Pineapple, a tropical plant and its edible fruit. It is so called because the fruit looks like a big, orange-yellow pine cone. The pineapple is neither a pine nor an apple. It is related to plants called bromeliads, which are commonly grown as houseplants. The pineapple is native to northern South America and is cultivated in many hot countries. In the United States it is grown in Hawaii and Florida as a fruit crop and elsewhere as an ornamental potted plant.

The commercial pineapple plant is two to four feet (60 to 120 cm) tall. The base of the plant is a radiating cluster of sword-shaped leaves, which may have spiny tips and thorny edges. The leaves yield delicate fibers that are made into piña cloth, a nearly transparent fabric produced mainly in the Philippines. (Piña is the Spanish word for pineapple.)

The fruit is borne, usually one at a time, on a fleshy stalk in the center of the plant. A pineapple is a multiple, or compound, fruit. It is composed of many diamond-shaped fruitlets fused together on a pulpy core. Each fruitlet is formed from a tiny purplish flower that blooms for only one day.

A ripe pineapple is about nine inches (23 cm) long and may weigh more than five pounds (2.3 kg). It has a sweet, tangy flavor and a distinctive fragrance. Pineapple bits and slices are used in salads, cakes, and ice cream, and as a garnish on ham and other meats. Pineapple juice is a popular breakfast beverage.

Cultivation and Marketing

Pineapple plants are grown in dry soil and direct sunlight. New plants usually are started from side shoots cut from the stems of mature plants. The cuttings are of two types: suckers, from the base of the stem, and slips, from just below the fruit. New plants also may be started from crowns, or the short leaves that grow from the top of the fruit.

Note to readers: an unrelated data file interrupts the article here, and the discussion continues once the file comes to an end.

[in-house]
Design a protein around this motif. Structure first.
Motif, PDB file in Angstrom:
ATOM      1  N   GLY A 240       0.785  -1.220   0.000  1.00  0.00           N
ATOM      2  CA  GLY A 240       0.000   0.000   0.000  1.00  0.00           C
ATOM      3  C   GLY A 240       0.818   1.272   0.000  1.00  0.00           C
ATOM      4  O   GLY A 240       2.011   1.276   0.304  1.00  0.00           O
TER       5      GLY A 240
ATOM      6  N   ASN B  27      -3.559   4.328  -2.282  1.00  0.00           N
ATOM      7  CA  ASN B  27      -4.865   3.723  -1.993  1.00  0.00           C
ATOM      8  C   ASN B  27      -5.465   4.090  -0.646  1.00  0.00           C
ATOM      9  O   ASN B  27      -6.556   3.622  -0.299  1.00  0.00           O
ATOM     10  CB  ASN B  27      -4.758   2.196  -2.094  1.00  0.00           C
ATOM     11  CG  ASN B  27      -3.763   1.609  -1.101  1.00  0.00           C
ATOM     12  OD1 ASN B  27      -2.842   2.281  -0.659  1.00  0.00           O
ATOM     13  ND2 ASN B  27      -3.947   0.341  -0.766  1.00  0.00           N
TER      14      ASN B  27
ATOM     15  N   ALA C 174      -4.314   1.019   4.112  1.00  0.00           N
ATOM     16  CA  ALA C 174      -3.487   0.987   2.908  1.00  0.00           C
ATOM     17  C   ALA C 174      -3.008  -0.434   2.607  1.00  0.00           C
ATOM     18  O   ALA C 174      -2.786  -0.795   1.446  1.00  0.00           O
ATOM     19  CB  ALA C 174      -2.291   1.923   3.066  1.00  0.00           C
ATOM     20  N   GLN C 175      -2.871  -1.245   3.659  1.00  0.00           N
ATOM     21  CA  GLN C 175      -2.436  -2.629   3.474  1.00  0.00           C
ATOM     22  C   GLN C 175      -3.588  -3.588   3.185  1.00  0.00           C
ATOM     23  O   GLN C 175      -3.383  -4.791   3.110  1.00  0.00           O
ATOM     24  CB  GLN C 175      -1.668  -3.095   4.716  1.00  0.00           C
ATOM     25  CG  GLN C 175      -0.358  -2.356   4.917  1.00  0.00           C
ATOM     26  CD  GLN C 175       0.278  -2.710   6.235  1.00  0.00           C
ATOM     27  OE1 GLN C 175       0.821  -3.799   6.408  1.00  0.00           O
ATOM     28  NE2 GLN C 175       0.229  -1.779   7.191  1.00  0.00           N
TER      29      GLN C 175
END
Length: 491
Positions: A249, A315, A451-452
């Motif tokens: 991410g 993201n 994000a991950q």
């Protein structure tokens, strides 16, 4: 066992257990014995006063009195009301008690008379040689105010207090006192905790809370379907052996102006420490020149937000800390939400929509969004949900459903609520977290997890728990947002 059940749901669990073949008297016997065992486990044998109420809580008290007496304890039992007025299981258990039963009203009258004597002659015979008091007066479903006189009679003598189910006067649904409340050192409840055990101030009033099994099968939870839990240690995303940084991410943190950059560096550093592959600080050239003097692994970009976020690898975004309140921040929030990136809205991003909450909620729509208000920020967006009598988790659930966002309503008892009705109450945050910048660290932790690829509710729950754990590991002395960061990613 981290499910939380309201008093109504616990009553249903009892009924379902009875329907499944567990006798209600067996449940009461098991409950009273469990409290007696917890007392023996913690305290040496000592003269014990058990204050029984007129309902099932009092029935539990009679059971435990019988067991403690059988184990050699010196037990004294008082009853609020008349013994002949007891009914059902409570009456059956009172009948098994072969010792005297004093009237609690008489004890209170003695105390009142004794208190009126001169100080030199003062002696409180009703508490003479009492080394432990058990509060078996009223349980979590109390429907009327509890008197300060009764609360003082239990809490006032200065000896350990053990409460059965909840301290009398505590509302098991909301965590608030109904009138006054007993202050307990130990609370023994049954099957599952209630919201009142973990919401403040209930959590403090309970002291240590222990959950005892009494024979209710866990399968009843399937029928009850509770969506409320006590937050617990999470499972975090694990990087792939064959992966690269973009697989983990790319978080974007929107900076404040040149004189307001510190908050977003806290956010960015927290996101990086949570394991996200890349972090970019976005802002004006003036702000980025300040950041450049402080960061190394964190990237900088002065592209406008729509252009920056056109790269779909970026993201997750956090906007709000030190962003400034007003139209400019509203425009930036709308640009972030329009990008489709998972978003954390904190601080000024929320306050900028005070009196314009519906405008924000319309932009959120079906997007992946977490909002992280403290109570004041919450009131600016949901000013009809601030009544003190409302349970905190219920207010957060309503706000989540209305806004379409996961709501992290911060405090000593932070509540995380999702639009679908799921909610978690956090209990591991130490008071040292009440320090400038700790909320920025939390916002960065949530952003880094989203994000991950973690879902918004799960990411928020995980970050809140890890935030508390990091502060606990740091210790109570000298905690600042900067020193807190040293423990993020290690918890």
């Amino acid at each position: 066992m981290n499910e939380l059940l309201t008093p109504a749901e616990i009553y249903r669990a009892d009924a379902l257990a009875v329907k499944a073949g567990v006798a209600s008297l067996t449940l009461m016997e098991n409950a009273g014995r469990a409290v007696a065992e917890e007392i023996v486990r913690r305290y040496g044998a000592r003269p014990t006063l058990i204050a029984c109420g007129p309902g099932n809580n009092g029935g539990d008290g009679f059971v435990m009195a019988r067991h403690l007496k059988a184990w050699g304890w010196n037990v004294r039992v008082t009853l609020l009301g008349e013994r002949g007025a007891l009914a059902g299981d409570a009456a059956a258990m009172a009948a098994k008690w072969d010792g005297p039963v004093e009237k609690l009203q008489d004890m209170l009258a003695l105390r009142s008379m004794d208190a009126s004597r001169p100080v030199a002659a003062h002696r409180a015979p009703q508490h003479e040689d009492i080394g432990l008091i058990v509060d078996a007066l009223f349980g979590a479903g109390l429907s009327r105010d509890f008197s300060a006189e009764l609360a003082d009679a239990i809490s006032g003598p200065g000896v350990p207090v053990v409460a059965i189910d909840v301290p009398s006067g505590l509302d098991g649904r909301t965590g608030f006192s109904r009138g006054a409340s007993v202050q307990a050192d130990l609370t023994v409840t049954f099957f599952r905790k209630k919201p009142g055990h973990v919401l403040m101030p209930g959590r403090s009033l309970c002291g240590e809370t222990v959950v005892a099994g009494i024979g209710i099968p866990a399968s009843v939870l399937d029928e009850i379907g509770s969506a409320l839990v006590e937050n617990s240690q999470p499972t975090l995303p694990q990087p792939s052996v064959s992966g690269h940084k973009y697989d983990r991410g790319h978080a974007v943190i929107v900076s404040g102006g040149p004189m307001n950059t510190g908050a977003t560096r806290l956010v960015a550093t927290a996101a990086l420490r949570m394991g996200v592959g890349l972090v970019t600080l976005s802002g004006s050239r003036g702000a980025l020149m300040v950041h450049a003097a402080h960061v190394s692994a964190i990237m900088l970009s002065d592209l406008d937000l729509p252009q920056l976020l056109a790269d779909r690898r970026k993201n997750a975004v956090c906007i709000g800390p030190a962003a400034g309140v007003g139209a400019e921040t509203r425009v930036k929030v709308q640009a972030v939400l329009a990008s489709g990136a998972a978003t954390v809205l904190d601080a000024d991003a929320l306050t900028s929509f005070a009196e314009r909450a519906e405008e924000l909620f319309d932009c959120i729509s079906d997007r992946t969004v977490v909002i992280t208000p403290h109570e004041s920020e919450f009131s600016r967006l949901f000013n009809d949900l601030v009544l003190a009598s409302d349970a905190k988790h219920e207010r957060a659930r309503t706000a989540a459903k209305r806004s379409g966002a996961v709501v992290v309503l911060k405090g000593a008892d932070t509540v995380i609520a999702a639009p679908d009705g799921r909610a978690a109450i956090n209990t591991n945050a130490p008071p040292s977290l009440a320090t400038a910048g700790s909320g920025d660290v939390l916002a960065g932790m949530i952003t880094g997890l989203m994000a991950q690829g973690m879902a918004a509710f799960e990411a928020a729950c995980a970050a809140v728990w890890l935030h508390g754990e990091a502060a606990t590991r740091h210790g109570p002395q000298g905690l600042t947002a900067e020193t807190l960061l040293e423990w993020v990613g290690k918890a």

Before planting, the field is overlaid with long strips of black paper. This task is done by machines that also fumigate the soil to kill insects. The paper keeps down weeds and conserves soil moisture and heat. The suckers, slips, or crowns are planted by hand or machine through holes punched in the paper.

Twelve to 20 months after planting, the ripe fruits are harvested by hand. The following year, fruits are harvested from one or two suckers, called ratoons, left selectively on each plant. A plant may be productive for as long as 10 years. However, plants are usually plowed under after 2 or 3 years because their fruits become smaller in each succeeding year.

Most pineapples are canned or made into juice; some are shipped fresh. The leading producers are Thailand, which accounts for about one-fourth of the world's crop, the Philippines, Brazil, Nigeria, India, and China.


The pineapple was cultivated by Indians in tropical America in prehistoric times. Columbus found the plant growing in the West Indies in 1493. Spanish and Portuguese voyagers brought the pineapple to other parts of the world in the 16th century. In northern countries the pineapple was known only as a hothouse curiosity or rare table delicacy until about 1900, when canning methods were perfected.

The pineapple is Ananas comosus Merr of the pineapple family, Bromeliaceae.